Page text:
There are many ways to manipulate light to your advantage.
I often find myself drawn to dark and moody silhouettes. Playing with light and shadows can be an effective way to transform a scene, creating dramatic silhouettes and images full of darkness and mystery. Silhouettes are simple to create; the light source needs to be directly behind your subject, and you should expose for the brightest part of the image.
Typically, this will be your background, causing your subject to be underexposed and therefore a silhouette. Any subject can be made into a silhouette, but to create a strong image you need an instantly recognisable subject, such as a red deer stag or, in this case, a puffin’s bill.
My favourite way to use light is backlighting. In simple terms, backlighting can be explained as when the sun is in front of you, lighting the back of your subject. Backlighting is a tricky style to master but, if done correctly, can often create a dramatic feel to your imagery and a final result packed full of atmosphere.
For me, one of the greatest draws to this style is the emphasis on shapes rather than detail. My preference is often to shoot dark and moody. When shooting this way, similar to the silhouettes above, you want distinctive shapes that make your subject easily recognisable to the viewer. Such as a puffin’s beak or squirrel’s tail.
To achieve these dark and moody images, first, explore your surroundings. Look for a dark background such as a distant cliff face, hillside, or treeline that has fallen into shadow. The next step is to dial in negative compensation. This is open to your own interpretation.
As a starting point, I will normally begin with -2 and adjust until only the rim lighting is visible. The finished product will be clean, outlining the shape of your subject, and stripping the imagery back to its simplest form.
Shooting backlit is open to your creative freedom, depending on how you want the final image to look. You can either shoot dark and dramatic or light the subject instead. The latter choice will, in turn, cause the rim lighting around the subject to blow out a little.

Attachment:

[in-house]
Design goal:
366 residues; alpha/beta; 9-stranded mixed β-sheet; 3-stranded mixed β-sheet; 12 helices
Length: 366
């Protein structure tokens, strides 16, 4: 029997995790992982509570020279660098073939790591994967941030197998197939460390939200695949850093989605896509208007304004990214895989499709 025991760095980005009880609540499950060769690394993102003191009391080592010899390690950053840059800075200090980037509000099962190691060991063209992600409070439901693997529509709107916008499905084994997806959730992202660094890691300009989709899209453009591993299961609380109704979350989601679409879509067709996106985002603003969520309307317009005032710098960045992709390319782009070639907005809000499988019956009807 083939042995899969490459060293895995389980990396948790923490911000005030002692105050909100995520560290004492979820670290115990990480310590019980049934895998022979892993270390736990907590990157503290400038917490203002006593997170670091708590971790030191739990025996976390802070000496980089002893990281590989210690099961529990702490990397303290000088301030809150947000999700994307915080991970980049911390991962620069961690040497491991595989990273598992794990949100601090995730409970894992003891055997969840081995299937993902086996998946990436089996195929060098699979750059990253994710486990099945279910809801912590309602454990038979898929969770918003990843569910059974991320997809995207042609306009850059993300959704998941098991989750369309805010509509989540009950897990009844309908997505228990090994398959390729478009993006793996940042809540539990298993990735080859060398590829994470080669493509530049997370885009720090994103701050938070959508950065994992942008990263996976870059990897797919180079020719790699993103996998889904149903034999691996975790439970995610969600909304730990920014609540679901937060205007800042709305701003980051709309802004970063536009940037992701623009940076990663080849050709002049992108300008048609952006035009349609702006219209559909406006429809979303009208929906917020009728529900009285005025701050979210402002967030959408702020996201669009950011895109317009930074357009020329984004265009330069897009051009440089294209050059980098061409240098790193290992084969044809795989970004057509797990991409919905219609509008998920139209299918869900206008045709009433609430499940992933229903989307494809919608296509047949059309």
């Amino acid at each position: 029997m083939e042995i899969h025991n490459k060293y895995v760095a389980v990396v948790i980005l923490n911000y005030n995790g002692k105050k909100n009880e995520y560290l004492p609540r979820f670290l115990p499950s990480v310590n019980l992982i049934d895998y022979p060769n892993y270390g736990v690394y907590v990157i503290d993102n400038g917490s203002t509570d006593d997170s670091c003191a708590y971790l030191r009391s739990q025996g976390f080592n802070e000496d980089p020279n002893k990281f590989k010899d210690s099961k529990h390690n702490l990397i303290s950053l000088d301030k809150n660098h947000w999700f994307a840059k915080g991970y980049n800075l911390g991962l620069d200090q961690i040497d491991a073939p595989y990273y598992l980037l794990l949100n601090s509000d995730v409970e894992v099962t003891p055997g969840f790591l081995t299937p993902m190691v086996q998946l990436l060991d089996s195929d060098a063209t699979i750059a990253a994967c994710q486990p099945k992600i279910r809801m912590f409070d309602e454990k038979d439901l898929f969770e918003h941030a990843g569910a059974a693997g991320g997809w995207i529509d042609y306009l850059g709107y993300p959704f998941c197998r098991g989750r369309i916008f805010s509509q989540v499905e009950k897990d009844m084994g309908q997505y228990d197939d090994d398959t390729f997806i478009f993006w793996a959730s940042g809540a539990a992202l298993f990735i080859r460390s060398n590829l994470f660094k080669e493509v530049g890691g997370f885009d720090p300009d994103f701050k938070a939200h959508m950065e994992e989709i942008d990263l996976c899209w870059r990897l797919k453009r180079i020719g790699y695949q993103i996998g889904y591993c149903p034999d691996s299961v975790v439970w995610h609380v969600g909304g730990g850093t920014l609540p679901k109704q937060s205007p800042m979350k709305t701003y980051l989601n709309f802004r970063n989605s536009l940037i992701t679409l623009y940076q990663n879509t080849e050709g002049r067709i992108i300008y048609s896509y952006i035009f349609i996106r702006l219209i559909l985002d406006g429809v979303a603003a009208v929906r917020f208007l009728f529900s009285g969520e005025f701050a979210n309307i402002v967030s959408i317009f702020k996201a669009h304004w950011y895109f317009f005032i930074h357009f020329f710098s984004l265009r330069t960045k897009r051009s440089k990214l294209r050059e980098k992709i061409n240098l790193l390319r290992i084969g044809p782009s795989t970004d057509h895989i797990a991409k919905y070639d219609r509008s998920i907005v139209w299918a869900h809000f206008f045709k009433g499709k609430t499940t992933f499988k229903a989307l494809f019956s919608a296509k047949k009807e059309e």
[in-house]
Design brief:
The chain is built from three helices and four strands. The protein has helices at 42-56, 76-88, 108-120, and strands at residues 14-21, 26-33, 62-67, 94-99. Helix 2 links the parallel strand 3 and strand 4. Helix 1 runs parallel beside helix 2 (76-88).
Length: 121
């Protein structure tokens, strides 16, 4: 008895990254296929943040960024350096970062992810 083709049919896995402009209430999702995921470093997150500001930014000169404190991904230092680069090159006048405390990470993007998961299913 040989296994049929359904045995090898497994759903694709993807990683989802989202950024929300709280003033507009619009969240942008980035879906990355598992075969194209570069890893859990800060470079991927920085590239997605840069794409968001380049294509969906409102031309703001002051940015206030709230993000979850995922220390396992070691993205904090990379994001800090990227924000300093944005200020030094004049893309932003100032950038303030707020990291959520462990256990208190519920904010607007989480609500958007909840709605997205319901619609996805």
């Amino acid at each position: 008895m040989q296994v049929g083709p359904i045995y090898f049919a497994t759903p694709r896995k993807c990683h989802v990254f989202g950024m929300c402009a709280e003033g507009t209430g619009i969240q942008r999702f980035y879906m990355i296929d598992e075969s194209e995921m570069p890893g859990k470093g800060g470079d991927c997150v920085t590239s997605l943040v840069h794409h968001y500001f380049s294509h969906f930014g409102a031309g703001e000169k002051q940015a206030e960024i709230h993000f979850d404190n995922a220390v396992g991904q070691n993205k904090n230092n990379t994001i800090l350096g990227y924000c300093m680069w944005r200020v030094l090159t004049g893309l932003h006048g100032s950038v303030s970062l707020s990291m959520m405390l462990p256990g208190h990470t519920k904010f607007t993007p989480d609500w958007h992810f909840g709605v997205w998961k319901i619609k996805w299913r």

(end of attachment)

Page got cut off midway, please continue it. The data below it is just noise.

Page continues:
Just be careful not to blow the highlight too much. Keeping an eye on your histogram is the best way to prevent this. Birds can look fantastic using this approach, as the light shining through their feathers looks almost translucent.
Read more: How to Harness Light in Bird Photography
4. Weather the storm
If we decide to wait for the golden light during British summertime, we may be waiting a long time. Cloud, rain, and fog are the norm. But, don’t get downbeat when the weather isn’t in your favour, instead, embrace it. Often the best images can be achieved in the worst weather.
Shooting in wet weather can come with its own challenges, such as keeping yourself and your kit dry. Keeping yourself dry and warm in these conditions is vitally important. Once I get cold and wet, well, I’ll start thinking about that hot cup of tea and not the photography at hand. The longer you can stay out in these conditions, the more chance you have of producing unique puffin imagery.
5. Composition is key – tell a story
Composition is also a crucial element in making your images stand out from the crowd. It affects what you want your image to say. For example, you could shoot the same scene wide, close up, or focus on the eyes, feet, or hands.
Each composition tells a different story. With your camera in hand, you are a visual storyteller — you want to create images that connect the audience with the scene and make them feel like they are right there with you.
Before you press the shutter, think about what story you want to tell. A mistake I often find photographers make when working at seabird colonies is not stepping back and looking at the bigger picture.